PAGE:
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Leyton Orient Trampled By Tottenham and West Ham In Race for the Olympic Stadium

The farce that isn’t just about two Premier League teams squabbling over an Olympic Stadium.

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Amidst all the pros and con’s, the bitching and the fighting and the track or not the track, it seems that the money men and the cheque-book culture in football has forgotten an old friend.

The Olympic stadium, the subject of two much-publicised bids from West Ham United and Tottenham Hotspur, is located in Stratford. It is an Olympians stones-throw away from Brisbane Road, the home of Leyton Orient, a club established in 1881, some 14 years before West Ham and one year before Spurs.

Yet, in the ensuing scramble to win the rights to the Olympic Park site, this fact has been shamelessly overlooked, swept under the carpet, ignored. Once again it is a case of the little club being forgotten, or at least hidden, beneath the stacks of notes and IOU’s brought to the table by the two Premier League clubs.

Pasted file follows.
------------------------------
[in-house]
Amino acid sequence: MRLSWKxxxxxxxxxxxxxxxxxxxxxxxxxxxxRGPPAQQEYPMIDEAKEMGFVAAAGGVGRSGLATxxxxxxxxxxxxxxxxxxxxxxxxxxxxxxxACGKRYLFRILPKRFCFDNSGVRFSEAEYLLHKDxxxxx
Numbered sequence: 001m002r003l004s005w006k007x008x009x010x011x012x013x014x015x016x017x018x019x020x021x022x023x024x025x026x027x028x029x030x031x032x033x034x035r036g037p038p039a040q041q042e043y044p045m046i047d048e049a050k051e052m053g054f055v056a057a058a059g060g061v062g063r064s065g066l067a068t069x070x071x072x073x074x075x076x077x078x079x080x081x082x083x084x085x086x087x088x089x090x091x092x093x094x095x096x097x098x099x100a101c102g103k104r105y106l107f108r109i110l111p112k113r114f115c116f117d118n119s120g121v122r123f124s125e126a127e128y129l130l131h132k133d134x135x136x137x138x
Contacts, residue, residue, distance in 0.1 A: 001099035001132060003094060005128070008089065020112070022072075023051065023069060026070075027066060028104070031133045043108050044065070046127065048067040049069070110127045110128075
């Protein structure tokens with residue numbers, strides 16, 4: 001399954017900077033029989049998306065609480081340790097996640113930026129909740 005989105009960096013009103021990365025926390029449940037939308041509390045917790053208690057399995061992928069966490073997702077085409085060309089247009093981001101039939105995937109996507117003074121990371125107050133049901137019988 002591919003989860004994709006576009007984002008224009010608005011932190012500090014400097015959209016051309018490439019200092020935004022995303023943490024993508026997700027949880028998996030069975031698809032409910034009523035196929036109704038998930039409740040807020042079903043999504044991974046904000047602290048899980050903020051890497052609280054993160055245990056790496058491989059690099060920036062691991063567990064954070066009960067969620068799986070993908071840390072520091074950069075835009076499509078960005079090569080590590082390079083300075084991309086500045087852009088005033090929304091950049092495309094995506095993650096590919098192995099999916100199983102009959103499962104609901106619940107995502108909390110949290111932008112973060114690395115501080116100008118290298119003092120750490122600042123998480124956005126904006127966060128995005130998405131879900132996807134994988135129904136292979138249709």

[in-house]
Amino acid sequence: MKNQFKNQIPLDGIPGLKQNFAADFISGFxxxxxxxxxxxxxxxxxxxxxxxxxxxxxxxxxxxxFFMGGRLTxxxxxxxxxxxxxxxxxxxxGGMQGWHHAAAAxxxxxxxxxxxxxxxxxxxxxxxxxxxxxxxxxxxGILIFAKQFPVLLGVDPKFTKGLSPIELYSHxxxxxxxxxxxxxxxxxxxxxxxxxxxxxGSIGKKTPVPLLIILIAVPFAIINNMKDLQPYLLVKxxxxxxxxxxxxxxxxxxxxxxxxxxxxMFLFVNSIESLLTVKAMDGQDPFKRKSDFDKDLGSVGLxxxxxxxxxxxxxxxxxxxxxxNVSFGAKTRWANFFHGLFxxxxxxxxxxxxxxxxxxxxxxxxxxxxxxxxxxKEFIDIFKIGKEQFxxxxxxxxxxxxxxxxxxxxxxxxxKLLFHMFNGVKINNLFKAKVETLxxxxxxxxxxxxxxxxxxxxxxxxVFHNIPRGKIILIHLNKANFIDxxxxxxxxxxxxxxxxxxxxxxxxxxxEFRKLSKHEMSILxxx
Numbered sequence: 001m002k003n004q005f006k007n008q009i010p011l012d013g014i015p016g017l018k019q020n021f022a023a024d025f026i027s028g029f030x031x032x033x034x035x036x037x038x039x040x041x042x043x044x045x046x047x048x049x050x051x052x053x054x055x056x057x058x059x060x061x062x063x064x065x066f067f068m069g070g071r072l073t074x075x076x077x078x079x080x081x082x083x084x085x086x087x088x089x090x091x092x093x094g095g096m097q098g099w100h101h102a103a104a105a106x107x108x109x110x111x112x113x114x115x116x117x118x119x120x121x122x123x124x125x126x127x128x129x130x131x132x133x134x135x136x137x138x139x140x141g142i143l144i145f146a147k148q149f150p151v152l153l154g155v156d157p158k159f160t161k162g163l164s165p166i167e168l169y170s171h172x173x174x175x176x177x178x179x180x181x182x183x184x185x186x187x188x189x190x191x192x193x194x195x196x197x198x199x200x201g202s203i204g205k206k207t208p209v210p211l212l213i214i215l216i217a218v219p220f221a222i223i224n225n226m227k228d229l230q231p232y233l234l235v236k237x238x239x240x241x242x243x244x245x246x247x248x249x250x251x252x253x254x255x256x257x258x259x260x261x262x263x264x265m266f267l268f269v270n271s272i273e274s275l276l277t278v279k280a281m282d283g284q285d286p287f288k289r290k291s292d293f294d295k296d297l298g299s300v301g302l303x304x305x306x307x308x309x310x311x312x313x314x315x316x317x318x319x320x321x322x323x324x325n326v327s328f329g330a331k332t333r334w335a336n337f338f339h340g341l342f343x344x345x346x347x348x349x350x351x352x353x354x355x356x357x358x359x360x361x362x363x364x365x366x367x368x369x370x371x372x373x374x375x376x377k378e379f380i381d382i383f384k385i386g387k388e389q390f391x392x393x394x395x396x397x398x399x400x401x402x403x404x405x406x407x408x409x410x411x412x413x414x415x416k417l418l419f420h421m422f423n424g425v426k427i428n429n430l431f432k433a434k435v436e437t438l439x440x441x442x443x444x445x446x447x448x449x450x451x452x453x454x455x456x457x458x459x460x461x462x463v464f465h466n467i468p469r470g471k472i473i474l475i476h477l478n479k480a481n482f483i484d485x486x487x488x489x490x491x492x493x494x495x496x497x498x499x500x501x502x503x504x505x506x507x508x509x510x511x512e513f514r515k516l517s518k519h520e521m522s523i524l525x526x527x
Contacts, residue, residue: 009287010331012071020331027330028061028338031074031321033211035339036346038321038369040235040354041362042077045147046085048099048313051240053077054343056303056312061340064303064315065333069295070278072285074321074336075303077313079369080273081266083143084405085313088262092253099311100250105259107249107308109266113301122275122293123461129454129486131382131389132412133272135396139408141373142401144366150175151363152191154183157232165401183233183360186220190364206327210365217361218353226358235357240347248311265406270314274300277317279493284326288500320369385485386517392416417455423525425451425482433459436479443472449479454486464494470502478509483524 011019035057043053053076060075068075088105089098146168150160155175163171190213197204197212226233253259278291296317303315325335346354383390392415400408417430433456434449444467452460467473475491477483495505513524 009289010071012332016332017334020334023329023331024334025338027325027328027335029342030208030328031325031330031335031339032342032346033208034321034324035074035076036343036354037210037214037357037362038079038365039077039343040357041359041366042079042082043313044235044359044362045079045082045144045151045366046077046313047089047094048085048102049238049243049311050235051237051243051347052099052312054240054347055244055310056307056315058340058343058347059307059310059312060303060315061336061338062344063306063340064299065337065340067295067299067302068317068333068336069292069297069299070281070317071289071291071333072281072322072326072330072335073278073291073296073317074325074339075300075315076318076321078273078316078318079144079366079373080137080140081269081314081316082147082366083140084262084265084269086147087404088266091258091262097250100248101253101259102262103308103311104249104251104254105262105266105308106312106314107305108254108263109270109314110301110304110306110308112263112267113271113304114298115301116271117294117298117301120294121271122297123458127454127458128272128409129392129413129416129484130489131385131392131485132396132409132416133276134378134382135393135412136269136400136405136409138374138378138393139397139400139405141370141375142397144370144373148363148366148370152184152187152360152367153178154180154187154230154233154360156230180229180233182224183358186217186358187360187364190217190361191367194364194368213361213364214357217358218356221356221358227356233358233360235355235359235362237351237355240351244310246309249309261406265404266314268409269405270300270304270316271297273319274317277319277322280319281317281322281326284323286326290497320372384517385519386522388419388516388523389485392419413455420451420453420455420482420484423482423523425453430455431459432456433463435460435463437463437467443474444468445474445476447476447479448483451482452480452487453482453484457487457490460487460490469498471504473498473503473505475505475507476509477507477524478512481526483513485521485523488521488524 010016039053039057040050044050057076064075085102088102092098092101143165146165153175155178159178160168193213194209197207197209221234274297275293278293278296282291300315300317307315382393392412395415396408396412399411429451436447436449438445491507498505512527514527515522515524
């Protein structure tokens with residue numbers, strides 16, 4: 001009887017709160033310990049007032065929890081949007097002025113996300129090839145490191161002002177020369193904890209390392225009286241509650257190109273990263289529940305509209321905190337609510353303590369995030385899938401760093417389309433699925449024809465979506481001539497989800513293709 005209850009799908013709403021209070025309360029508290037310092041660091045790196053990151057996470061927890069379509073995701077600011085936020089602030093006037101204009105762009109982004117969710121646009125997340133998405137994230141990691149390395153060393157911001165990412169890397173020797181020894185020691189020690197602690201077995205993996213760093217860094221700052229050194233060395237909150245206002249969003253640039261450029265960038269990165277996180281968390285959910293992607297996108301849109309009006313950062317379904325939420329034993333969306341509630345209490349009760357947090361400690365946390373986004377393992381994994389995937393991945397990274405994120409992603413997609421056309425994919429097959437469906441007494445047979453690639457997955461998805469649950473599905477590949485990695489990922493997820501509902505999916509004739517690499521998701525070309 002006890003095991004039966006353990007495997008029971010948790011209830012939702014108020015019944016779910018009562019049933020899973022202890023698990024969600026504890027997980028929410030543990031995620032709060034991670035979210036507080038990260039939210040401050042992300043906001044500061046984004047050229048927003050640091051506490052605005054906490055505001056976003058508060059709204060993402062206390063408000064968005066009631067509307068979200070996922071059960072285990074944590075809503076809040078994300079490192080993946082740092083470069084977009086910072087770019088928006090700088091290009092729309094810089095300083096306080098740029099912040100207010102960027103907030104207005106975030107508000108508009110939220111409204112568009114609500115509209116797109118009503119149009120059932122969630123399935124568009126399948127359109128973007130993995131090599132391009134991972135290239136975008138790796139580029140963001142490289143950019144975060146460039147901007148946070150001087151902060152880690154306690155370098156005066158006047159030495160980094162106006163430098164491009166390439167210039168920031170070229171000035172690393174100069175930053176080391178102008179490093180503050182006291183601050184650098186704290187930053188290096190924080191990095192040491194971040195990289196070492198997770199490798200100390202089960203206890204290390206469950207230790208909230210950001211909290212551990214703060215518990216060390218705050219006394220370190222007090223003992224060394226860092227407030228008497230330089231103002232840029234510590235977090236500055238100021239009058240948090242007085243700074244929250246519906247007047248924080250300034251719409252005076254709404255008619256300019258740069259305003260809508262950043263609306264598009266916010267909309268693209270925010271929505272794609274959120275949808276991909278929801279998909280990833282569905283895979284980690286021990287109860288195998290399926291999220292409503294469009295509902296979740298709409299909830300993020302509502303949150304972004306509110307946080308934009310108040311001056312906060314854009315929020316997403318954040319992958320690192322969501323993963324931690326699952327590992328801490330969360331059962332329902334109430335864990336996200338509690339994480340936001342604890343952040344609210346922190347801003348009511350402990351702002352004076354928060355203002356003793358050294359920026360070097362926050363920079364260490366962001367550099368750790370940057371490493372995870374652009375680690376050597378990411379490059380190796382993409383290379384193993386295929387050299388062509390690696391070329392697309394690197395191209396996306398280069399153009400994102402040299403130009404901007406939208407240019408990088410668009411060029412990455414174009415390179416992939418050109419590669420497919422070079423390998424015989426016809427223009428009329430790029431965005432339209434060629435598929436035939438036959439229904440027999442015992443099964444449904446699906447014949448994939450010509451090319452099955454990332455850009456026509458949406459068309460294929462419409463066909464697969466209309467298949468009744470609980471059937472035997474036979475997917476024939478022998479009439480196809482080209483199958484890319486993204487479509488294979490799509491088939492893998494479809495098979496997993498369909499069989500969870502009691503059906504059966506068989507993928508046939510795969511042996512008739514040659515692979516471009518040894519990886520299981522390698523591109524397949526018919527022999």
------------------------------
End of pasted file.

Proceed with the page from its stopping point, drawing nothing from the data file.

Richard Scudamore, the chief executive of the Premier League, recently stated that “had Orient kicked up more of a fuss the West Ham and Spurs bids would have been blocked”. The question is, who exactly would have listened? The Premier League? No. The Football League? No. Both have a regulation that states their Boards shall only grant consent to a member Club to move to another ground which (wait for it) ‘would not adversely affect Clubs having their registered grounds in the immediate vicinity of the proposed location’.

Barry Hearn, the Leyton Orient chairman, voiced his concerns in a damning verdict of the proposed moves and the implications it may have on his club, was Scudamore listening? No. Hearn said: “Unfortunately the [Olympic] stadium is poorly designed, unfortunately the stadium is a waste of public money and it’s things like that, that the government and the people involved in the Olympics don’t want to hear… Whoever goes there is not good news for Leyton Orient, they’re both massive clubs and I’ve likened it to Tesco moving next to the little sweet shop on the corner.”

Should Spurs’ bid be successful it undermines the whole “Olympic Legacy” ethos and should West Ham be successful (and stick to their word) the stadium would be a poor spectator experience for football fans. Above all though, the biggest loser would be Leyton Orient.

How tragic that the true legacy of the 2012 Olympic Games could be the death of a club with a 130 year history and one of football’s most establish community clubs.

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